Name: Former Child’s Restaurant
Address: 2102 Boardwalk
Cross Streets: West 21st and West 22nd Streets
Neighborhood: Coney Island
Year Built: 1923
Architectural Style: Spanish Baroque Revival
Architect: Dennison & Hirons
Other buildings by architect: Beaux Arts Institute of Design, 304 E. 44th St, Manhattan, Suffolk Guarantee and Title Company Building, Queens, both landmarked.
Landmarked: Yes, Individual landmark, 2003
The story: Coney Island’s reputation was built on the concept of über, that over-the-top, on steroids kind of grandiosity that took people out of their everyday lives, and placed them in places they would never see, and experience things they would never experience anywhere else. Child’s Restaurants understood this well, as did this building’s architects, and they gave us a building to rival Neptune’s own palace on the bottom of the sea.
The Child’s Restaurant chain was founded in 1889 by brothers William and Samuel Childs. Their goal was to provide quick and inexpensive food in a clean and pleasant setting. They were innovators in the cafeteria-style lunch counters, and by 1925, they were so successful that the Child’s chain had 107 restaurants in 33 cities in the US and Canada. Rather than trying to replicate the same building and style wherever they were located, like today’s McDonald’s, they were flexible enough to sometimes incorporate the local environment into their stores. For example, one of their restaurants on 5th in Manhattan had streamlined curved glass windows and a sophisticated décor, an early project of William Van Alen, architect of the Chrysler Building. Here, they took the beach and the sea, and went crazy.
Ethan Allen Dennison and Frederic Charles Hiron were both graduates of the prestigious Ecole des Beaux-Arts in Paris. They opened their architectural practice in 1910, and their early works were mostly Neo-Classical banks and office buildings. They later designed many more buildings in the Art Deco style, also with lots of terra-cotta. Dennison and Hiron developed a close relationship with the artisans of the Atlantic Terra-Cotta Company, and for this and subsequent projects, had the ornamentation rendered in quarter scale models, which they could then glaze in the exact colors they wanted. Model-maker Maxfield Kleck and colorist Duncan Smith of the Atlantic Terra-Cotta Company were the artisans of record, and having their names and work known to us is a rarity, as these talented people often remained anonymous and unaccredited.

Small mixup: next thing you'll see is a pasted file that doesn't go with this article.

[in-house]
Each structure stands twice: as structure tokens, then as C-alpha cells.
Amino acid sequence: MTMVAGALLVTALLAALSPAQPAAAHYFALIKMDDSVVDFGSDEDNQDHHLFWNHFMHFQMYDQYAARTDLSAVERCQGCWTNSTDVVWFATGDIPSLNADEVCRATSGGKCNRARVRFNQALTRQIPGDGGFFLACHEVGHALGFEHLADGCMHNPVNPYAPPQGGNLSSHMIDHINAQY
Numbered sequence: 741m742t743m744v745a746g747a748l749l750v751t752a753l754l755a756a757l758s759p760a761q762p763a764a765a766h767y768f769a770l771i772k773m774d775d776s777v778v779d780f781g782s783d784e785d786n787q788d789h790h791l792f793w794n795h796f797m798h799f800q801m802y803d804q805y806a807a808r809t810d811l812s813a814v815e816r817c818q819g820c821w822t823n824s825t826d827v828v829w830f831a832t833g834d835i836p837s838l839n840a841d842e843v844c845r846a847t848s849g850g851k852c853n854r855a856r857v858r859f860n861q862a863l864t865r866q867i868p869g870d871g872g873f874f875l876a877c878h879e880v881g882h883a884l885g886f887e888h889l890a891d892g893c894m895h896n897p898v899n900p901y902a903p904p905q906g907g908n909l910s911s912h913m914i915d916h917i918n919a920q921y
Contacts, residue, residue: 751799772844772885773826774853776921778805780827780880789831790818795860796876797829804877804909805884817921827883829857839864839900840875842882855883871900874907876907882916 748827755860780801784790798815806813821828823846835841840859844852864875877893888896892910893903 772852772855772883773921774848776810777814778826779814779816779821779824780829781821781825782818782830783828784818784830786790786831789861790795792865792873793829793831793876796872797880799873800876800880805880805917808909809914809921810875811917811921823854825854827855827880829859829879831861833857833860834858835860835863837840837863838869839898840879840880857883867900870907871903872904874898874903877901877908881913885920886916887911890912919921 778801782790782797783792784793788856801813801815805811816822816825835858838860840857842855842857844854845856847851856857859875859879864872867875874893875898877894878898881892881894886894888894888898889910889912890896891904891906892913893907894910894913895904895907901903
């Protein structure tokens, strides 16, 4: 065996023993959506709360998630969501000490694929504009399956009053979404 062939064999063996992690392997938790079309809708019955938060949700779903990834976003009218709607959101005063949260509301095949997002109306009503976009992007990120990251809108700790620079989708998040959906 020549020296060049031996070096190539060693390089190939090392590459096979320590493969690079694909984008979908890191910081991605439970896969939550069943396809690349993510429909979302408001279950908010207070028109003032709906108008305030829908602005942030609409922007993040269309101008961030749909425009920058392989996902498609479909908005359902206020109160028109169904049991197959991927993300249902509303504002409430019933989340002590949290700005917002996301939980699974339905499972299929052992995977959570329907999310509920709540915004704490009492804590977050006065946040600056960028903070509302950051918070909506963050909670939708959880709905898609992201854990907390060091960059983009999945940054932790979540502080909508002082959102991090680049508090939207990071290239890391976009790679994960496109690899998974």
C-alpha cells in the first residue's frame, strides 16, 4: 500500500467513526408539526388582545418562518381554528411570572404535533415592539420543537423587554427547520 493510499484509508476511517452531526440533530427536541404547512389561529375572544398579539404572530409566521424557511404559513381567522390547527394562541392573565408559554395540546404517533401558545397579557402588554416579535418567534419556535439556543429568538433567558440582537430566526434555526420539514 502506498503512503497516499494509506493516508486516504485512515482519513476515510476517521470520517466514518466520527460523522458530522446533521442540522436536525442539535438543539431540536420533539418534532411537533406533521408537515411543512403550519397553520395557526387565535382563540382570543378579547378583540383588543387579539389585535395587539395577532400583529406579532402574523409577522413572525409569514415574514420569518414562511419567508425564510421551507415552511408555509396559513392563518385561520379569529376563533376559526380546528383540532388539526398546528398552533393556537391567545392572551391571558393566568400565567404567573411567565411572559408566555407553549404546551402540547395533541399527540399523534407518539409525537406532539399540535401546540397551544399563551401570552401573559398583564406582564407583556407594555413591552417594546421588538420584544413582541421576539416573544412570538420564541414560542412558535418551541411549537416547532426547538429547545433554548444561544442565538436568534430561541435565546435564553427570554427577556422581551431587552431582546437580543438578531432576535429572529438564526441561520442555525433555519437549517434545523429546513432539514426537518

The restaurant originally had a rooftop pergola, as seen on an old postcard, allowing patrons ocean views. The wide arches were once glass filled picture windows, which also extended on the W. 21st St. side of the building. And then there was the ornament. Neptune rises from the sea, dripping with seaweed. Cavorting fishes, cockleshells, seahorses, sailing ships, as well as swags, garlands, classical urns and other ornament, crown the building. They all mix in a unique Baroque pattern of swirls, and shapes, in bright and fantastic colors. Most impressive were the mixture of glazes that mimicked a view from under the sea, as seen in the corner medallions. Even today, much of the ornament is still in fine shape, including the fish on top of the columns which once held the pergola, although a lot of the original stucco is gone. Originally, the boardwalk was higher, and another story was below, offering customers even more dining room.
Child’s Restaurant weathered the ebb and flow of Coney Island, and survived until the 1950’s. It was bought by the Ricci family, who were still running a candy manufacturing company there when the building was landmarked in 2003. They must have sealed all the huge windows, and totally enclosed the building. The property has changed hands several times since then, and now needs some serious TLC to restore it to its proper and deserved glory. GMAP